UV254 is a parameter that indicates the unsaturated and/or aromatic carbon content of water samples (Edzwald & Tobiason 1999). For all the water samples studied, UV254 values decreased following ozone application. This can be due to oxidation of unsaturated and/or aromatic carbon molecules, which is in accordance with previously reported results (Gilbert 1988; Camel & Bermond 1998; Swietlik et al. 2004; Sadrnourmohamadi & Gorczyca 2015a). Figure 1 shows a higher reduction in UV254 values compared to DOC. This indicates the oxidation of a large portion of conjugated species by ozone, even with a low reduction in DOC. (Chang & Singer 1991; Chang et al. 2002; Ratpukdi et al. 2010). This is indicative of a targeting of aromatic, conjugated species rather than aliphatic groups.

THM formation potential

Table 1 indicates the results of total THMfp (TTHMfp) for different water samples pre- and post-ozonation. In Table 1, it is clear that chloroform (CH3Cl) is the major detected species of THMs since NaOCl was used for chlorination. No brominated species were detected since the simulated water samples did not contain bromide. Results indicate that prior to ozonation, HA yielded a higher TTHMfp, followed by NOM and FA standards. Upon ozonation, this value reduces significantly, with the highest reduction (89%) observed for HA water samples (Table 1). A lower ozone dose accomplished a relatively significant reduction in TTHMfp; however, by increasing the ozone dose, a small incremental reduction was achieved. This indicates that ozone can eliminate a large portion of the precursors that promote THM formation quickly, while it has a lesser effect on other portions of the precursors under these experimental conditions (Amy et al. 1986). As shown in Figure 1, ozone can oxidize/decompose aromatic, UV absorbing moieties of NOM resulting in a higher reduction of THMfp relative to DOC, which is consistent with previous studies (Amy et al. 1986, 1991; Galapate et al. 2001). Improved reduction of TTHMfp at higher ozone doses is related to an increased reduction of HS as the main precursor to form THMs (Rodríguez & Núñez 2011). HAs are reported to have high levels of aromaticity, and consequently, a high UV absorbance (Amy et al. 1986). As reported, UV254 removal can be related to TTHMfp (Uyak & Toroz 2007). Figure 2 shows a plot of UV254 removal against TTHMfp data from this study. A good correlation of R2 = 0.82 was achieved between UV254 removal and TTHMfp reduction.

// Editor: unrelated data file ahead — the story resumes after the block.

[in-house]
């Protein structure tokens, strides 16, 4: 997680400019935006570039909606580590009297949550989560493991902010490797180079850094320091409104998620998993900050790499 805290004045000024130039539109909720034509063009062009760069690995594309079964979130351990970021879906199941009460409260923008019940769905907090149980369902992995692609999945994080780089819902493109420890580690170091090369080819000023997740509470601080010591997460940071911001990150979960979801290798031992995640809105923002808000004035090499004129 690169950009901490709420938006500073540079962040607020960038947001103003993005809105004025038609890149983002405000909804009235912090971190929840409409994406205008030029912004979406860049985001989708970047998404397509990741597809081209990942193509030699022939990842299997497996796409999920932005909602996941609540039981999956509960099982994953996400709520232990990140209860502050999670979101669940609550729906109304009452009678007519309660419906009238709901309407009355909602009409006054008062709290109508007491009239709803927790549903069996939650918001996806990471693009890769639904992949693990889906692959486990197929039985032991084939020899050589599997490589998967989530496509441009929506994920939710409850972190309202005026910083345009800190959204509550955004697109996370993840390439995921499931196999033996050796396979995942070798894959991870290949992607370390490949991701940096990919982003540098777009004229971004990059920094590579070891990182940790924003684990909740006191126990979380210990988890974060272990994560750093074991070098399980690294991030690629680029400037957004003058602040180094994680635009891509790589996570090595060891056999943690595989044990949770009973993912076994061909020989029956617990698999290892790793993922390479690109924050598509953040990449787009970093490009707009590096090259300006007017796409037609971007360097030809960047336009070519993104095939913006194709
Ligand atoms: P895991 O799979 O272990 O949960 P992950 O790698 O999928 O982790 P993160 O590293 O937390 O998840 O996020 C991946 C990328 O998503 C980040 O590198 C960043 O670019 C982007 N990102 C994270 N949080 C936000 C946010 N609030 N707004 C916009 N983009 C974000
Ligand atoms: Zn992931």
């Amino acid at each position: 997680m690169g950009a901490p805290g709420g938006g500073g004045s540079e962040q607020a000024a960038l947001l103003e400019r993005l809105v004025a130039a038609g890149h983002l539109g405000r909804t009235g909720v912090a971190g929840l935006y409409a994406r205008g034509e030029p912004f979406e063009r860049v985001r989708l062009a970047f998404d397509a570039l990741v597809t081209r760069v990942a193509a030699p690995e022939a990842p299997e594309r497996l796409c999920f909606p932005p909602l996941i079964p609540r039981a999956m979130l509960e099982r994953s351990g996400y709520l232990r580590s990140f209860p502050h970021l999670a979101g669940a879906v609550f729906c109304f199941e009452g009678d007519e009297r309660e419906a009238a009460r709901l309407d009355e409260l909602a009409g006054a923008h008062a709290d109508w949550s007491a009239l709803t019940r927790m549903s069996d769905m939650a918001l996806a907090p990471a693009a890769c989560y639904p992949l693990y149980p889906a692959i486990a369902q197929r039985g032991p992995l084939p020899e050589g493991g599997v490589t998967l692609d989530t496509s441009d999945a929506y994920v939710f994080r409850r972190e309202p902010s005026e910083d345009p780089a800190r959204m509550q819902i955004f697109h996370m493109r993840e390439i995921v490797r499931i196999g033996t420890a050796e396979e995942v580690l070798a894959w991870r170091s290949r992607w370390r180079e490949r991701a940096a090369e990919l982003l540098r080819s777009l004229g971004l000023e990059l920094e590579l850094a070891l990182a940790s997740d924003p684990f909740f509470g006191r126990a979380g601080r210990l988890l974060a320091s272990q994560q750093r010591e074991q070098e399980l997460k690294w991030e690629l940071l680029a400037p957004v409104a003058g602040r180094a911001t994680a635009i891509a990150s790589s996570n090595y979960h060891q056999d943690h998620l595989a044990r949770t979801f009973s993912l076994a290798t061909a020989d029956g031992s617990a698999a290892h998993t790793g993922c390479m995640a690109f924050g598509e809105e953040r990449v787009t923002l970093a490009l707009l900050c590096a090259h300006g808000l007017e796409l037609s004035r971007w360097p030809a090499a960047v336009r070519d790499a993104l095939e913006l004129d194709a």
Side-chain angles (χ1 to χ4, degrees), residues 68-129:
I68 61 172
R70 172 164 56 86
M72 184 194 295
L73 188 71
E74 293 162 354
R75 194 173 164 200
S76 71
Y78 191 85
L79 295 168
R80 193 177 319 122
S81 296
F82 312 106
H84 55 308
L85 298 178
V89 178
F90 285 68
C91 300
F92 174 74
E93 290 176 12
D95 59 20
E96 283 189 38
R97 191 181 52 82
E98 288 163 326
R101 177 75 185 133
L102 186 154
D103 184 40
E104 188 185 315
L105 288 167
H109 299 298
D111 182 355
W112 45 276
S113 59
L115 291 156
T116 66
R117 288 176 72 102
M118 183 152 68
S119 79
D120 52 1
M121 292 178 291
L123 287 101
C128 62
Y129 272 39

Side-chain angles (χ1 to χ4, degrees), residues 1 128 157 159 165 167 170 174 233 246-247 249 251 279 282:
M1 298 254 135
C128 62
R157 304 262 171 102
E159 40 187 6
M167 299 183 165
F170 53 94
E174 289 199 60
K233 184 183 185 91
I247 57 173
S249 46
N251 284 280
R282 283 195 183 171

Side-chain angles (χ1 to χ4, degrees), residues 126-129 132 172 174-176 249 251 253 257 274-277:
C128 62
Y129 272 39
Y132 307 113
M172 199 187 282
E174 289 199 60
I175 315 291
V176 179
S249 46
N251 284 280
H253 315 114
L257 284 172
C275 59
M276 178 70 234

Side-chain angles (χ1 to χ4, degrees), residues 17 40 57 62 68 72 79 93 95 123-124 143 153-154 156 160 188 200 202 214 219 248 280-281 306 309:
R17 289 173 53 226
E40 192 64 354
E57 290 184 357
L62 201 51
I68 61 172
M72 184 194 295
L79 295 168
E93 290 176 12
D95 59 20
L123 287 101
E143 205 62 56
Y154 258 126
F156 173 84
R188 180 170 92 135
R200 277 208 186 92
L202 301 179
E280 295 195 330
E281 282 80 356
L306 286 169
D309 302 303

Table 1

TTHMFP for different water samples pre- and post-ozonation

Organic compound typeOzone dose (mg O3/mg DOC)CH3Cl (μg L−1)CHBrCl2 (μg L−1)CHBr2Cl (μg L−1)CHBr3 (μg L−1)TTHMFP (μg L−1)
NOM 95.5 ± 0.3 ND ND ND 95.5 ± 0.3 
0.2 51.6 ± 0.2 ND ND ND 51.6 ± 0.2 
0.6 40.7 ± 0.3 ND ND ND 40.7 ± 0.3 
1.0 27.7 ± 0.1 ND ND ND 27.7 ± 0.1 
HA 134.0 ± 1.3 ND ND ND 134.0 ± 1.3 
0.2 35.3 ± 2.0 ND ND ND 35.3 ± 2.0 
0.6 25.0 ± 0.2 ND ND ND 25.0 ± 0.2 
1.0 14.6 ± 0.9 ND ND ND 14.6 ± 0.9 
FA 89.4 ± 2.3 ND ND ND 89.4 ± 2.3 
0.2 51.6 ± 1.0 ND ND ND 51.6 ± 1.0 
0.6 22.5 ± 0.13 ND ND ND 22.5 ± 0.13 
1.0 18.1 ± 0.7 ND ND ND 18.1 ± 0.7 
Organic compound typeOzone dose (mg O3/mg DOC)CH3Cl (μg L−1)CHBrCl2 (μg L−1)CHBr2Cl (μg L−1)CHBr3 (μg L−1)TTHMFP (μg L−1)
NOM 95.5 ± 0.3 ND ND ND 95.5 ± 0.3 
0.2 51.6 ± 0.2 ND ND ND 51.6 ± 0.2 
0.6 40.7 ± 0.3 ND ND ND 40.7 ± 0.3 
1.0 27.7 ± 0.1 ND ND ND 27.7 ± 0.1 
HA 134.0 ± 1.3 ND ND ND 134.0 ± 1.3 
0.2 35.3 ± 2.0 ND ND ND 35.3 ± 2.0 
0.6 25.0 ± 0.2 ND ND ND 25.0 ± 0.2 
1.0 14.6 ± 0.9 ND ND ND 14.6 ± 0.9 
FA 89.4 ± 2.3 ND ND ND 89.4 ± 2.3 
0.2 51.6 ± 1.0 ND ND ND 51.6 ± 1.0 
0.6 22.5 ± 0.13 ND ND ND 22.5 ± 0.13 
1.0 18.1 ± 0.7 ND ND ND 18.1 ± 0.7